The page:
TERRAPUB Journal of Oceanography

Journal of Oceanography, Vol. 61 (No. 2), pp. 343-357, 2005

Simulations of Annual Cycle of Phytoplankton Production and the Utilization of Nitrogen in the Yellow Sea

Tian Tian1,2*, Hao Wei1,3, Jian Su1 and Changsoo Chung4

1Institute of Physical Oceanography, Ocean University of China, Qingdao 266003, China
2Environmental Science and Engineering College, Ocean University of China, Qingdao 266003, China
3Key Physical Oceanography laboratory of State Education Ministry, Qingdao 266003, China
4Korea Ocean Research & Development Institute, Seoul 425-600, Korea

(Received 4 April 2004; in revised form 31 August 2004; accepted 1 November 2004)

Abstract: A nutrient dynamic model coupled with a 3D physical model has been developed to study the annual cycle of phytoplankton production in the Yellow Sea. The biological model involves interactions between inorganic nitrogen (nitrate and ammonium), phosphate and phytoplankton biomass. The model successfully reproduces the main features of phytoplankton-nutrient variation and dynamics of production. 1. The well-mixed coastal water is characterized by high primary production, as well as high new production. 2. In summer, the convergence of tidal front is an important hydrodynamic process, which contributes to high biomass at frontal areas. 3. The evolution of phytoplankton blooms and thermocline in the central region demonstrate that mixing is a dominant factor to the production in the Yellow Sea. In this simulation, nitrate- and ammonium-based productions are estimated regionally and temporally. The northern Yellow Sea is one of the highly ranked regions in the Yellow Sea for the capability of fixing carbon and nitrogen. The annual averaged f-ratio of 0.37 indicates that regenerated production prevails over the Yellow Sea. The result also shows that phosphate is the major nutrient, limiting phytoplankton growth throughout the year and it can be an indicator to predict the bloom magnitude. Finally, the relative roles of external nutrient sources have been evaluated, and benthic fluxes might play a significant role in compensating 54.6% of new nitrogen for new production consumption.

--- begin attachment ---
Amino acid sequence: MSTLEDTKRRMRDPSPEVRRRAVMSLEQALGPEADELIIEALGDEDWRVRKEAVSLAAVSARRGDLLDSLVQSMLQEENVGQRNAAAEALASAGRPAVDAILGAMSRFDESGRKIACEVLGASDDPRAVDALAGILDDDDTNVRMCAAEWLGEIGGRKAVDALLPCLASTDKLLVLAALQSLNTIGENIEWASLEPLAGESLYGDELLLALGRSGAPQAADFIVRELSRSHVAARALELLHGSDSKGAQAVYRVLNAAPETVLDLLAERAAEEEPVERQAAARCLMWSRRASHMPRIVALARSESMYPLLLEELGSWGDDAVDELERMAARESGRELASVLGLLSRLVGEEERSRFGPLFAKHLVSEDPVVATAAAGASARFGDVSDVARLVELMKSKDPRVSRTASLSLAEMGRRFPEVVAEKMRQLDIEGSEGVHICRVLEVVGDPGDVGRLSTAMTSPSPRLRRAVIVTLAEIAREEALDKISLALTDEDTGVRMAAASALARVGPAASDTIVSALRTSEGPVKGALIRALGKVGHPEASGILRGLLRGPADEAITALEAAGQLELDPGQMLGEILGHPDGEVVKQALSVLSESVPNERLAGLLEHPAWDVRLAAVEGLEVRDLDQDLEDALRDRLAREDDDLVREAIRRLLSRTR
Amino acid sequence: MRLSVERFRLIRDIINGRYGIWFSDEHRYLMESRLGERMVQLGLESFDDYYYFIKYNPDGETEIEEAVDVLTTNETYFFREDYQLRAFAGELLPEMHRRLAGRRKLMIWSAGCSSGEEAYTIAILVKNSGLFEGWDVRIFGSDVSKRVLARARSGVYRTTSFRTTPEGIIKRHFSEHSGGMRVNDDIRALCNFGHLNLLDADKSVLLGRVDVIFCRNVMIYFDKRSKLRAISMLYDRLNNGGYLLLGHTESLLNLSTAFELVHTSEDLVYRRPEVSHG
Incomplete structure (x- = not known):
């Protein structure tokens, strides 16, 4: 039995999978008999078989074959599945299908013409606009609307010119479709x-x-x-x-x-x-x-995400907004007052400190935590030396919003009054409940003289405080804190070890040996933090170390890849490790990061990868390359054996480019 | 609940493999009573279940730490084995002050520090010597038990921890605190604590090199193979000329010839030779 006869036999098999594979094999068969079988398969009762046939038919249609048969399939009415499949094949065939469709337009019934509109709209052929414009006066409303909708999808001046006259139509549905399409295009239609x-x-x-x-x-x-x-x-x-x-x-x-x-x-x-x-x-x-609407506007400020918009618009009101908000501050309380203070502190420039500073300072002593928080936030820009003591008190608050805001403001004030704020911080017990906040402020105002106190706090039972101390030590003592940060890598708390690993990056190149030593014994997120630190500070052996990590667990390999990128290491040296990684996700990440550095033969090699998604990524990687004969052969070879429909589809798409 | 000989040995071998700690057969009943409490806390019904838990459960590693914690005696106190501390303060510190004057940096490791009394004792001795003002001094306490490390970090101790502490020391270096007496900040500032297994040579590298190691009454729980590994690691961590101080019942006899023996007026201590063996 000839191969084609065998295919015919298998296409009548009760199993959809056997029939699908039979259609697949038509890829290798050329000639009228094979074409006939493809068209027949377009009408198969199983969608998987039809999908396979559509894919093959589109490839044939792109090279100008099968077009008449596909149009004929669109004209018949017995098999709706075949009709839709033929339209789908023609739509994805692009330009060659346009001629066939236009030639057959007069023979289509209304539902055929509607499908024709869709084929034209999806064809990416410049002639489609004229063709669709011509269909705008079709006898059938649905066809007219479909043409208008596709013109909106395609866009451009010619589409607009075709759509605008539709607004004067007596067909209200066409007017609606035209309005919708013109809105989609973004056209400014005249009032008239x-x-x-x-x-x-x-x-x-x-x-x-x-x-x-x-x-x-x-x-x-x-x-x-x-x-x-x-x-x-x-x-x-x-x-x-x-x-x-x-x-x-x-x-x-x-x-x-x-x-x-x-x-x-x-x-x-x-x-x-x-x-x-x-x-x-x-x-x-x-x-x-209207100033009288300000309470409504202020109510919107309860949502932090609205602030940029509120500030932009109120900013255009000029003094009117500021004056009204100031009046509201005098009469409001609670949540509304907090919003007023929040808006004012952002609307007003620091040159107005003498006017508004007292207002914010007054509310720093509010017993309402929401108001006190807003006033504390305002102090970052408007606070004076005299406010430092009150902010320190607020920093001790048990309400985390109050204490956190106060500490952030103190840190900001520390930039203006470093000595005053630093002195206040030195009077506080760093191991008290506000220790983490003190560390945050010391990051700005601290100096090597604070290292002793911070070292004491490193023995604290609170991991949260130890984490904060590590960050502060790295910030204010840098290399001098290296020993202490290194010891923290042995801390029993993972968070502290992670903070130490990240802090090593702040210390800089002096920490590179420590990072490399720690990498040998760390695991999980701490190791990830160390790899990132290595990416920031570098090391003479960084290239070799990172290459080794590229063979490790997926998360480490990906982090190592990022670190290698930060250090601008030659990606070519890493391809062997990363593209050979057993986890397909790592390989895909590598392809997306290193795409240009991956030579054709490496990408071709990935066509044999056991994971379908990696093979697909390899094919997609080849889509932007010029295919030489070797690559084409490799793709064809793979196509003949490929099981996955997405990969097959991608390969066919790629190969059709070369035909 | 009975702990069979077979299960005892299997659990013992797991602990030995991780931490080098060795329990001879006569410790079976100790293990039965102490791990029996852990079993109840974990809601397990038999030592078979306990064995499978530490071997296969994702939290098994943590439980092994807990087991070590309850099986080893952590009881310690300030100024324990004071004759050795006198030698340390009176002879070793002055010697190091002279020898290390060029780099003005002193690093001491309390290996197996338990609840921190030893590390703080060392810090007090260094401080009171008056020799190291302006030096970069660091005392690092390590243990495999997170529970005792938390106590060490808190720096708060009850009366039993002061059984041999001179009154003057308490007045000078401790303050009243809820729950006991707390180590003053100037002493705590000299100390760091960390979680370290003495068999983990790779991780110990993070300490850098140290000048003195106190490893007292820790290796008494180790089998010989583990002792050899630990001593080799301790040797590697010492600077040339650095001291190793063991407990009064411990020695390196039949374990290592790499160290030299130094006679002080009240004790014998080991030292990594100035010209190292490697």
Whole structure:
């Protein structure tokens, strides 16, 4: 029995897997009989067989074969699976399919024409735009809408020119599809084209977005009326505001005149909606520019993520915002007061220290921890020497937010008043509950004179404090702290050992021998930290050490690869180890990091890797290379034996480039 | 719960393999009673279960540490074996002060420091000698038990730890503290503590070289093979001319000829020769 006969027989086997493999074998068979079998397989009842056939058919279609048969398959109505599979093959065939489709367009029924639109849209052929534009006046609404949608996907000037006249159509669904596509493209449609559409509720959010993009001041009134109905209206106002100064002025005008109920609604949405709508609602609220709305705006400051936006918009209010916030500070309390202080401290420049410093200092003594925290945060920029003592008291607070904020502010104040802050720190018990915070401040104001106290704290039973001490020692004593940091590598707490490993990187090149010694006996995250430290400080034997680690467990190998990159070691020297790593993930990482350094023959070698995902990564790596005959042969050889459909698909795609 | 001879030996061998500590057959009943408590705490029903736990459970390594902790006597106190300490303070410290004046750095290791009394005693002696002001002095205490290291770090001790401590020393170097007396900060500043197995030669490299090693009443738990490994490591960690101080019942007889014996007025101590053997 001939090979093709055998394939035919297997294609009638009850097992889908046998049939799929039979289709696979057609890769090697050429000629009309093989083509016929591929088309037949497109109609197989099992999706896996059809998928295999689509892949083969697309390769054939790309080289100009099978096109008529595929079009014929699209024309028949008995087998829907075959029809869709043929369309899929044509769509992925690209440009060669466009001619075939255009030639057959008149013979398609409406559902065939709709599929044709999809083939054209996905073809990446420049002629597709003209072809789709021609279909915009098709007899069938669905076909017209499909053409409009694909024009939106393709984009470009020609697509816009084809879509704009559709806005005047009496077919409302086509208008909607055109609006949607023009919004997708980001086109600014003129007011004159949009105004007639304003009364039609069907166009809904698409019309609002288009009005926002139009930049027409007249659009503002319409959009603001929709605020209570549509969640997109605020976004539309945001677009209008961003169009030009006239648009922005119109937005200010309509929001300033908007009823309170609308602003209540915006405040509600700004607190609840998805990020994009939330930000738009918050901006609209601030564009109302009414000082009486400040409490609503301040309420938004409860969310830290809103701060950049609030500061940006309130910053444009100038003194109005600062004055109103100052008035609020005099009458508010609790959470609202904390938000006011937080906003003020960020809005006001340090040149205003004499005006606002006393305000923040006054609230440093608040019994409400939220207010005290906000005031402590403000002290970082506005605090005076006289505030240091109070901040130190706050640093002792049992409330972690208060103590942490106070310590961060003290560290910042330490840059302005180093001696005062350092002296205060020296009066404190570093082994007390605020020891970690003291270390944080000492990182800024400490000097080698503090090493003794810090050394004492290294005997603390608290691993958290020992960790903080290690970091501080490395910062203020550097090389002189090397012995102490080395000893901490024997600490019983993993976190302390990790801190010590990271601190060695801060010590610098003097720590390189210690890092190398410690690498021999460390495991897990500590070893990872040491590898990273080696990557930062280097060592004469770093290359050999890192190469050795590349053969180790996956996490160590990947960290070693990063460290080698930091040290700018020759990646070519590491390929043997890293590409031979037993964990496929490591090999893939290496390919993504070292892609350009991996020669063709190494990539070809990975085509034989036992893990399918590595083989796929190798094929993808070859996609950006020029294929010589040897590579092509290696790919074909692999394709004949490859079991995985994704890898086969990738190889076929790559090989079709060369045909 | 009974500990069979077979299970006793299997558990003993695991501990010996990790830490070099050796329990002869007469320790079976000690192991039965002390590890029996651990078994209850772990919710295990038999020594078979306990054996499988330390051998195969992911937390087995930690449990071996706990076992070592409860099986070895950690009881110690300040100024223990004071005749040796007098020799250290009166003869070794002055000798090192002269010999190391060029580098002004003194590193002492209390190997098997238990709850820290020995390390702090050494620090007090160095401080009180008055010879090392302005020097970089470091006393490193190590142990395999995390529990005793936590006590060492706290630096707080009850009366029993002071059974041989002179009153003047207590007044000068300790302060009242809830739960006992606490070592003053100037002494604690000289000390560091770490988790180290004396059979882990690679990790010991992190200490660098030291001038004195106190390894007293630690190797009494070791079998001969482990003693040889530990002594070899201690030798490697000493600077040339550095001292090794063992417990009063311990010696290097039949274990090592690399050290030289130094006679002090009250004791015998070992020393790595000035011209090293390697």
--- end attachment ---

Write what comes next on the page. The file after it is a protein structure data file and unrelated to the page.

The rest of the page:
*Corresponding author E-mail: tiantian@ouc.edu.cn

[Full text] (PDF 4.5 MB)